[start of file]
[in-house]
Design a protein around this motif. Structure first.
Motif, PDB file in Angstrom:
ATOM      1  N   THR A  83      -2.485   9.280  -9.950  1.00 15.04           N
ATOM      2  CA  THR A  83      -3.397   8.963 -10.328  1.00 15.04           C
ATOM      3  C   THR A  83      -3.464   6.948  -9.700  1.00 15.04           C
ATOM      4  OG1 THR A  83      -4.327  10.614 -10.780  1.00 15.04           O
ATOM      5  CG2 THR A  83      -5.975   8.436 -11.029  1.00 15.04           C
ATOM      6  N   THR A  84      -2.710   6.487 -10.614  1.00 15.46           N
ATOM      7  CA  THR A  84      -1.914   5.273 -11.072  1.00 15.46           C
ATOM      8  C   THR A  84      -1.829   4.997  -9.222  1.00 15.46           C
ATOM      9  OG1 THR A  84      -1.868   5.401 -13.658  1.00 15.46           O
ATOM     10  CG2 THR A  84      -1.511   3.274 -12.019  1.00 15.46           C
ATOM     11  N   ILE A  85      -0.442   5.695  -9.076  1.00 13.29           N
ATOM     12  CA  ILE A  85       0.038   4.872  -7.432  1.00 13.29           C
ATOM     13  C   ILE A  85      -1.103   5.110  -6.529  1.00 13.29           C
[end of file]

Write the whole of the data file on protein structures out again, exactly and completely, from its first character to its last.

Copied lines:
[in-house]
Design a protein around this motif. Structure first.
Motif, PDB file in Angstrom:
ATOM      1  N   THR A  83      -2.485   9.280  -9.950  1.00 15.04           N
ATOM      2  CA  THR A  83      -3.397   8.963 -10.328  1.00 15.04           C
ATOM      3  C   THR A  83      -3.464   6.948  -9.700  1.00 15.04           C
ATOM      4  OG1 THR A  83      -4.327  10.614 -10.780  1.00 15.04           O
ATOM      5  CG2 THR A  83      -5.975   8.436 -11.029  1.00 15.04           C
ATOM      6  N   THR A  84      -2.710   6.487 -10.614  1.00 15.46           N
ATOM      7  CA  THR A  84      -1.914   5.273 -11.072  1.00 15.46           C
ATOM      8  C   THR A  84      -1.829   4.997  -9.222  1.00 15.46           C
ATOM      9  OG1 THR A  84      -1.868   5.401 -13.658  1.00 15.46           O
ATOM     10  CG2 THR A  84      -1.511   3.274 -12.019  1.00 15.46           C
ATOM     11  N   ILE A  85      -0.442   5.695  -9.076  1.00 13.29           N
ATOM     12  CA  ILE A  85       0.038   4.872  -7.432  1.00 13.29           C
ATOM     13  C   ILE A  85      -1.103   5.110  -6.529  1.00 13.29           C